Thomas P. Lyon and John W. Maxwell
We develop an economic model of “greenwash,” in which a firm strategically discloses environmental information and an activist may audit and penalize the firm for disclosing positive but not negative aspects of its environmental profile. We fully characterize the model's equilibria, and derive a variety of predictions about disclosure behavior.
I find that when a reseller with market power serves an airline company and only linear contracts are feasible, the airline prefers that the reseller utilizes the Name-Your-Own-Price (NYOP) (a la Priceline) instead of the Posted Price (PP) (a la Hotwire) model.
James M. Malcomson
Risk-neutral individuals take more risky decisions when they have limited liability. Risk-neutral managers may not when acting as agents under contract and taking costly actions to acquire information before taking decisions.
Dirk Czarnitzki and Hanna Hottenrott
We analyze financial constraints on R&D, where we account for heterogeneity among investments that has been neglected in previous literature. According to economic theory, investments should be distinguished by their degree of uncertainty, e.g. routine R&D versus cutting-edge R&D.
Arup Bose, Debashis Pal and David E. M. Sappington
We examine the ability of linear contracts to replicate the performance of optimal unrestricted contracts in the canonical moral hazard setting with a wealth constrained, risk averse agent.
How do multiple attributes of a product jointly determine a seller's disclosure incentives? I model a monopolist whose product is characterized by vertical quality and a horizontal attribute.
Michael D. Grubb
A sender who has disclosable information with probability less than one may partially conceal bad news by choosing to withhold information and pooling with uninformed types. The success of this strategy depends on receivers' beliefs about the probability that the sender has disclosable news. In a dynamic context, informed senders try to cultivate a reputation for reticence either by concealing good news along with the bad, or by concealing some good news and disclosing some bad news.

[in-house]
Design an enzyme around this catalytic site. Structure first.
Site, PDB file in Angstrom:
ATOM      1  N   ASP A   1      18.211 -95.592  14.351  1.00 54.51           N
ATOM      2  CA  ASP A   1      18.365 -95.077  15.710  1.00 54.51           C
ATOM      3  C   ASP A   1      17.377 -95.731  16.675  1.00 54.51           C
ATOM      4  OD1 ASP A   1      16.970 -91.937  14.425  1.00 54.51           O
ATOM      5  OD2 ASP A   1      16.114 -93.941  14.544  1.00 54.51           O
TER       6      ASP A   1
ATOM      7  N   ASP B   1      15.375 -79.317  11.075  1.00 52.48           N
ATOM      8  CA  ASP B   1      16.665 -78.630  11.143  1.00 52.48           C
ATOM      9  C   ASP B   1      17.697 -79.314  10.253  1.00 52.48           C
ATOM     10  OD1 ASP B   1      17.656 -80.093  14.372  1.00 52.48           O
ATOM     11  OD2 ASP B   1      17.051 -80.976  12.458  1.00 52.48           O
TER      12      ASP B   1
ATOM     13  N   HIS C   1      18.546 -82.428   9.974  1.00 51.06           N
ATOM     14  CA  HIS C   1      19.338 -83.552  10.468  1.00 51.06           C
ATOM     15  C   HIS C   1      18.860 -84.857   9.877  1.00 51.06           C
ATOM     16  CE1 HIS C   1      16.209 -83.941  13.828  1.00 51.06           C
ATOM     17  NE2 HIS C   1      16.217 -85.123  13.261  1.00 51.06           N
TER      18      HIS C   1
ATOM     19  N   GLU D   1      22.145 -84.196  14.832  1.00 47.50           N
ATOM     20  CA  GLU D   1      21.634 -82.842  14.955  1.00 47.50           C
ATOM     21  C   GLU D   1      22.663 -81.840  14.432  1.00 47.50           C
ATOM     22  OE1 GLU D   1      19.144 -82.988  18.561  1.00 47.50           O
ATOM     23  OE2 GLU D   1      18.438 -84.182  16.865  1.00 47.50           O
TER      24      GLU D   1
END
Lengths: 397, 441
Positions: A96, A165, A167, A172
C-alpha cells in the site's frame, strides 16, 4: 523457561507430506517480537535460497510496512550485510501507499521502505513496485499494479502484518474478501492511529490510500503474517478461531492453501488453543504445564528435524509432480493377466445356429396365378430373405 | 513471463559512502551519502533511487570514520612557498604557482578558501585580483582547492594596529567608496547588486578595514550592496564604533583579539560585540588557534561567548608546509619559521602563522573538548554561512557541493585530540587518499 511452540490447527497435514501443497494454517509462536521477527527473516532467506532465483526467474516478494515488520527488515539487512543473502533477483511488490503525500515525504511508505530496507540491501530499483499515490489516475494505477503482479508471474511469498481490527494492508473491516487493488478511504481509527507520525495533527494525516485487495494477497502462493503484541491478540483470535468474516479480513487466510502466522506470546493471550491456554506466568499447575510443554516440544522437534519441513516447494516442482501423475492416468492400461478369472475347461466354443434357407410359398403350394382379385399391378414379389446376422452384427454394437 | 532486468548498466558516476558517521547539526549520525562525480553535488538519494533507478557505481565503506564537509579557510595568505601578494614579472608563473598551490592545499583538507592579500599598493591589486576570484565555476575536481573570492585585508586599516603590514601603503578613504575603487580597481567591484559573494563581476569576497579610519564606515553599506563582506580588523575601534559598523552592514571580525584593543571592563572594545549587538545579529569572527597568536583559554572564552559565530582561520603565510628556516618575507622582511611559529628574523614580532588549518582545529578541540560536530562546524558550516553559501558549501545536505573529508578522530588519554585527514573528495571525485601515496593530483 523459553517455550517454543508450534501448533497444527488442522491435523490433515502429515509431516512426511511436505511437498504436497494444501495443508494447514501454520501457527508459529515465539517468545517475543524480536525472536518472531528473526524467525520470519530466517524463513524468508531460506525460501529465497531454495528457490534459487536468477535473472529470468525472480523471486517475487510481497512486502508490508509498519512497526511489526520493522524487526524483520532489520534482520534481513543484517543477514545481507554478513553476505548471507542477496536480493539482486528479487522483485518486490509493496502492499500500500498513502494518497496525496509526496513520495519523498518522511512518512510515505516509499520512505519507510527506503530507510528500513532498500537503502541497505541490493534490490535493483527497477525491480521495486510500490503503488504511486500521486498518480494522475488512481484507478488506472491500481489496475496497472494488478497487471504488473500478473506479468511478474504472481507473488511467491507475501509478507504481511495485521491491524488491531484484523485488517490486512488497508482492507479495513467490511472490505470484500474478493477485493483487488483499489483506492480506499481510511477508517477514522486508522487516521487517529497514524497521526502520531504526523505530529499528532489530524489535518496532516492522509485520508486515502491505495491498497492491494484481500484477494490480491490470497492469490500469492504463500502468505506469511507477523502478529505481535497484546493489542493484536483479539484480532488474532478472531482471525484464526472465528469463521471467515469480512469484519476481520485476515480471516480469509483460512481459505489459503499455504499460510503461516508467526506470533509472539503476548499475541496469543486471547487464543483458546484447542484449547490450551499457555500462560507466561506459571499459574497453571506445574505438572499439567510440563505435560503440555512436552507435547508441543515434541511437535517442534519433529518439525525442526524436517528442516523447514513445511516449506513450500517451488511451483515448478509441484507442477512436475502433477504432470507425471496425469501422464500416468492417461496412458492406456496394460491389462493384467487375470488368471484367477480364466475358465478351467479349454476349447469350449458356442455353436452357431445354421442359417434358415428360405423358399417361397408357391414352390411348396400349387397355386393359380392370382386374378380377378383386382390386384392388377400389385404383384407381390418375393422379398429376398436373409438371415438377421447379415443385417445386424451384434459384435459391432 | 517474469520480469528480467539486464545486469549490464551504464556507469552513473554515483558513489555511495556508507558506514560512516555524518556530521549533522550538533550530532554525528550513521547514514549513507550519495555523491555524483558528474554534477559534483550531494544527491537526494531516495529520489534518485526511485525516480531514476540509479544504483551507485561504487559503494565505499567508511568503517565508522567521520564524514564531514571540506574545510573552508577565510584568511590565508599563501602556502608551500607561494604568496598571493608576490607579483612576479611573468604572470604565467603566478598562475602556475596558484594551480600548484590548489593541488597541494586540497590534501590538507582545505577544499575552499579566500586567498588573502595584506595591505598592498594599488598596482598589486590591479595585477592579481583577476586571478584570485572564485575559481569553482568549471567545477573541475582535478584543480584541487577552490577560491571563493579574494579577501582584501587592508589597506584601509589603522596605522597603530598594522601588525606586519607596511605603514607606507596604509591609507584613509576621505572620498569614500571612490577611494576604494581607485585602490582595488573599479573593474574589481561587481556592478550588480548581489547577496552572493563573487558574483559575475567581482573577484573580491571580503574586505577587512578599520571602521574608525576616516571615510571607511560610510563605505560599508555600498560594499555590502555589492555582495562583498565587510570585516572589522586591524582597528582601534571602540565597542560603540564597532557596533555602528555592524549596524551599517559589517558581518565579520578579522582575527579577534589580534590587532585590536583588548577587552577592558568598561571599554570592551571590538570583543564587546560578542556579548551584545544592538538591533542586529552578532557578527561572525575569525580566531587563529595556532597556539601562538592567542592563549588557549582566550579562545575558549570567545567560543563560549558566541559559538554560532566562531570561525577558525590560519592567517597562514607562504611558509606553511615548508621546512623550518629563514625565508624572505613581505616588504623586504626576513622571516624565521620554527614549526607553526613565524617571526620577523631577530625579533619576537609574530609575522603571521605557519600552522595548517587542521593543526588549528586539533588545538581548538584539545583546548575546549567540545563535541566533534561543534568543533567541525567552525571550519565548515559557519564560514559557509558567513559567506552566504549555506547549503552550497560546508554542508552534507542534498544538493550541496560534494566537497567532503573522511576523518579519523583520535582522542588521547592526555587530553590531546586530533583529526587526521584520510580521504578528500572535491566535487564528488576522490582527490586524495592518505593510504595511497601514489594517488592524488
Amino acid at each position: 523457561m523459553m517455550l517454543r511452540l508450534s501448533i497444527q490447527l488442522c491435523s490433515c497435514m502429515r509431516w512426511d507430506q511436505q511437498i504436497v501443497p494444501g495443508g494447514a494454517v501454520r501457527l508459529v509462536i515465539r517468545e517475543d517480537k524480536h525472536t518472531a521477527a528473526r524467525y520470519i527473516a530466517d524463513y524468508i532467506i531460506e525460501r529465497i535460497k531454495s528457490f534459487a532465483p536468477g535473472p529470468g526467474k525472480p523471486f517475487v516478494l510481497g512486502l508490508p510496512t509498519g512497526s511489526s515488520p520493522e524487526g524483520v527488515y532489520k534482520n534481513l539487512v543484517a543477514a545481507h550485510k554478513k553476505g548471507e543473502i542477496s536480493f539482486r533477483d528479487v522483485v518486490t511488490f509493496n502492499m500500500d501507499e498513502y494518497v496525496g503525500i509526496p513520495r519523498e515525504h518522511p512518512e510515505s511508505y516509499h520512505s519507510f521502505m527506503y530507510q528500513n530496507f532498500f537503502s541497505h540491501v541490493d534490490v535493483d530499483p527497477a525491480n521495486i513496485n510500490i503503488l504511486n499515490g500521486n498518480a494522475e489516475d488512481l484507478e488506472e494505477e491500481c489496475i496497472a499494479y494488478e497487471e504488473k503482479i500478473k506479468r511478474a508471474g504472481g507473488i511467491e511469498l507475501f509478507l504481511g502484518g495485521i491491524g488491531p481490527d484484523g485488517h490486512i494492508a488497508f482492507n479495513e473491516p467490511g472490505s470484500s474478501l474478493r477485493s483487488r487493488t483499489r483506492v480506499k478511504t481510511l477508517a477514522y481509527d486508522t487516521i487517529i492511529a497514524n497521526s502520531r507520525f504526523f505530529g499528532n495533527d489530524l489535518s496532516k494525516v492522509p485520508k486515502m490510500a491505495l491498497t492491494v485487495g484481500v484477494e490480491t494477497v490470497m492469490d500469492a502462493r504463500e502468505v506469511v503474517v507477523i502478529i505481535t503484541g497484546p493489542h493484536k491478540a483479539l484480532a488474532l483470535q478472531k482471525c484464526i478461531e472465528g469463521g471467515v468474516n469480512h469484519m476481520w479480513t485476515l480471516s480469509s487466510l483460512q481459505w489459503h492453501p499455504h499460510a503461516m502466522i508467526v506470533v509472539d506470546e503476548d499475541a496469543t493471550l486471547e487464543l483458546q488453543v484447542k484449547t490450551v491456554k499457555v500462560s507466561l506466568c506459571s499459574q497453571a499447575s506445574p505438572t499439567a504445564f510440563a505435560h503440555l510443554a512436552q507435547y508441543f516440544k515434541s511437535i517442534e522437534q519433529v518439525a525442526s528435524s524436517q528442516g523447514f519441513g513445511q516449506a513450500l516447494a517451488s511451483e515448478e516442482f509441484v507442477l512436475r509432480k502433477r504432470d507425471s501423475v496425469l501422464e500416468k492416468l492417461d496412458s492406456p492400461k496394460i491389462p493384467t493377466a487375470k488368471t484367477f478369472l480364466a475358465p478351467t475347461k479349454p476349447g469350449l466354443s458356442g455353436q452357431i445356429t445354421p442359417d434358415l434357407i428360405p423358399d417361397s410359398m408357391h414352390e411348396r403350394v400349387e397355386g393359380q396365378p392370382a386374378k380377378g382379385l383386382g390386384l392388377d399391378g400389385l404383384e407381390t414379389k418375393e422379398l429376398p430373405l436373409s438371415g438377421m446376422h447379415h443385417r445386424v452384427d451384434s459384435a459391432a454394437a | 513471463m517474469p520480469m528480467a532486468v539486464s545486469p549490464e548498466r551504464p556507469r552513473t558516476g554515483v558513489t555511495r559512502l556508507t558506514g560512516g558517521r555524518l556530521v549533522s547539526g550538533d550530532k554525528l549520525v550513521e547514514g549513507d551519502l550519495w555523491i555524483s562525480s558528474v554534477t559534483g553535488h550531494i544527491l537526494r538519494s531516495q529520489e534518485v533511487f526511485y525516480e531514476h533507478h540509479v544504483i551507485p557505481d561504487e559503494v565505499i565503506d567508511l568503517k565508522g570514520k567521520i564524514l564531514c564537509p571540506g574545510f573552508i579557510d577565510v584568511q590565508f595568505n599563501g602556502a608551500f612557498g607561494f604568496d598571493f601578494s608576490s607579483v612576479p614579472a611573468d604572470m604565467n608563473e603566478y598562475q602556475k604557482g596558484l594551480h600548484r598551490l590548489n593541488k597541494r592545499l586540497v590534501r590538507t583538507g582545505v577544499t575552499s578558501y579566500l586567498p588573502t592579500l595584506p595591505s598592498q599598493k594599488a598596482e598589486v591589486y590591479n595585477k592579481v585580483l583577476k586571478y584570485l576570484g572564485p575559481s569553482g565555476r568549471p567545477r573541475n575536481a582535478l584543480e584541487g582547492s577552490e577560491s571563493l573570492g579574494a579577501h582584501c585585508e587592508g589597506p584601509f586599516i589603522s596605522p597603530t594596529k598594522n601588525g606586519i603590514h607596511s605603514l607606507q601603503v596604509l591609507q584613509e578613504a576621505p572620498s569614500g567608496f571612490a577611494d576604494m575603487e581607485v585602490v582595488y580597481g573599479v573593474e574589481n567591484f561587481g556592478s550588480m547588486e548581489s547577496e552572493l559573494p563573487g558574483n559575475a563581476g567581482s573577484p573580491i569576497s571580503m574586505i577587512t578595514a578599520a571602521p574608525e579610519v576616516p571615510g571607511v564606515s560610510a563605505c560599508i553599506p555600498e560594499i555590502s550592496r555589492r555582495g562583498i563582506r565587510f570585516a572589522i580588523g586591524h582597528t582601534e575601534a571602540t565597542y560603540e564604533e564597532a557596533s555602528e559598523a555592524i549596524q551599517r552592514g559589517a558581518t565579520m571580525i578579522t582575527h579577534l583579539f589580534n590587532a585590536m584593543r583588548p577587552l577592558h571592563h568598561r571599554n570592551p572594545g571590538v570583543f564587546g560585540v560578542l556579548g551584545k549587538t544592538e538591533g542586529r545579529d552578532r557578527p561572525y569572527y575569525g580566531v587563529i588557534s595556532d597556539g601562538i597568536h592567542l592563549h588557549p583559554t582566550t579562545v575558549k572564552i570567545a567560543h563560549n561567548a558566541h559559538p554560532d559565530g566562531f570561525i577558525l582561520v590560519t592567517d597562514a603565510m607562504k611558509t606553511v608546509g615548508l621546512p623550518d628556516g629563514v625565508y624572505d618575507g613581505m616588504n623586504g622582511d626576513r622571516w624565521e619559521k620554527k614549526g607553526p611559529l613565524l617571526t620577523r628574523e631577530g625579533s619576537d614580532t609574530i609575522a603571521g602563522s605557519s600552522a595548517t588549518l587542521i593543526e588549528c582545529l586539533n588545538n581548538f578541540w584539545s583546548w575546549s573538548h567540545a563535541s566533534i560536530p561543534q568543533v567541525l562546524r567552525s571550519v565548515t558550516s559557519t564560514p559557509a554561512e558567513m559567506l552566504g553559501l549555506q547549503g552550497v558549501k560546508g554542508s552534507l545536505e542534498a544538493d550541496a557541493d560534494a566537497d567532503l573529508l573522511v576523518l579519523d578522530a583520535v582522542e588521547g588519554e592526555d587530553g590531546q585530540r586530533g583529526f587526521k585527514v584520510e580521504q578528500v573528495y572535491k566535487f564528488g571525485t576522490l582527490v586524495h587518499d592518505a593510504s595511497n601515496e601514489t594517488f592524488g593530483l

Oliver M. Dürr and Robert F. Göx
We study the equilibrium accounting and transfer pricing policies in a multinational duopoly with price competition in the final product market. We find that the firms in a duopoly can benefit from strategically using the same transfer price for tax and managerial purposes instead of using separate transfer prices for both objectives.
Thomas J. Chemmanur and Yawen Jiao
We develop a model of the seasoned equity offering (SEO) process, starting from the SEO announcement, through pre-offer trading, and ending in the offering itself. We use our model to advance a new rationale for the existence of the SEO discount and SEO underpricing, and to analyze the role of institutional investors in SEOs.